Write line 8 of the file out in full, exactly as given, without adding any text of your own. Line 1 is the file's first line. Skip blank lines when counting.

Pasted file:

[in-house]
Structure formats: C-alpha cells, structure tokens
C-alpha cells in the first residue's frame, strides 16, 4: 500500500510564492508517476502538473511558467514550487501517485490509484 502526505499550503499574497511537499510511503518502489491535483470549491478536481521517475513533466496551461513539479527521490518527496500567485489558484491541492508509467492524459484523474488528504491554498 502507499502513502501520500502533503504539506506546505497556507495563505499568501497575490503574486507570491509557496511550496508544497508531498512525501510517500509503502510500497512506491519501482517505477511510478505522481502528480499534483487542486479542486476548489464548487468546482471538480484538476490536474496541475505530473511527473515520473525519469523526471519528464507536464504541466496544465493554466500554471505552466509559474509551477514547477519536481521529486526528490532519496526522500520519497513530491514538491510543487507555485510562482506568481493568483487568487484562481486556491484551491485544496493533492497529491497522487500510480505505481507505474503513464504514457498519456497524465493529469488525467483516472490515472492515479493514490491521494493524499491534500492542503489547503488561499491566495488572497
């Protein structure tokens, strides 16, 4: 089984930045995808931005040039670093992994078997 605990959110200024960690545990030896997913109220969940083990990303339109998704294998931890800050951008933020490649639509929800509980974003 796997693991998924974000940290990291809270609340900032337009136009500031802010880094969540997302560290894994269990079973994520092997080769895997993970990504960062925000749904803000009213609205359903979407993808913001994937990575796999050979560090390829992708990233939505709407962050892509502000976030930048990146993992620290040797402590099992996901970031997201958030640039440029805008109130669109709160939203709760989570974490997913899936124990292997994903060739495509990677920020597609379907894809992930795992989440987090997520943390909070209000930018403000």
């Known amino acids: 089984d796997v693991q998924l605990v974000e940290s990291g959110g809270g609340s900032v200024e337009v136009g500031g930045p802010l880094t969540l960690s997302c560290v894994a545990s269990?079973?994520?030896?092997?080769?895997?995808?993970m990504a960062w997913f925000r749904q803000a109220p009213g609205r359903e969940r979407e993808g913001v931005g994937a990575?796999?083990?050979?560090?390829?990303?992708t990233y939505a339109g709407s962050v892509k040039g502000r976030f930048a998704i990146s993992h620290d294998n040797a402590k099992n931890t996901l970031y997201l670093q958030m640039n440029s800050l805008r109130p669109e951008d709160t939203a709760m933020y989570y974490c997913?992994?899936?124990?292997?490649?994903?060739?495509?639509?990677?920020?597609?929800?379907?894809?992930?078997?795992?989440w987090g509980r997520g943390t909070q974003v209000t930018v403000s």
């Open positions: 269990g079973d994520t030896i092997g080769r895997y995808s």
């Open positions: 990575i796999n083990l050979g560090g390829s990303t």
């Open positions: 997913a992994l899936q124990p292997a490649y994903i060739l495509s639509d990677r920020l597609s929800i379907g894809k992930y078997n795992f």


């Open positions: 997913a992994l899936q124990p292997a490649y994903i060739l495509s639509d990677r920020l597609s929800i379907g894809k992930y078997n795992f």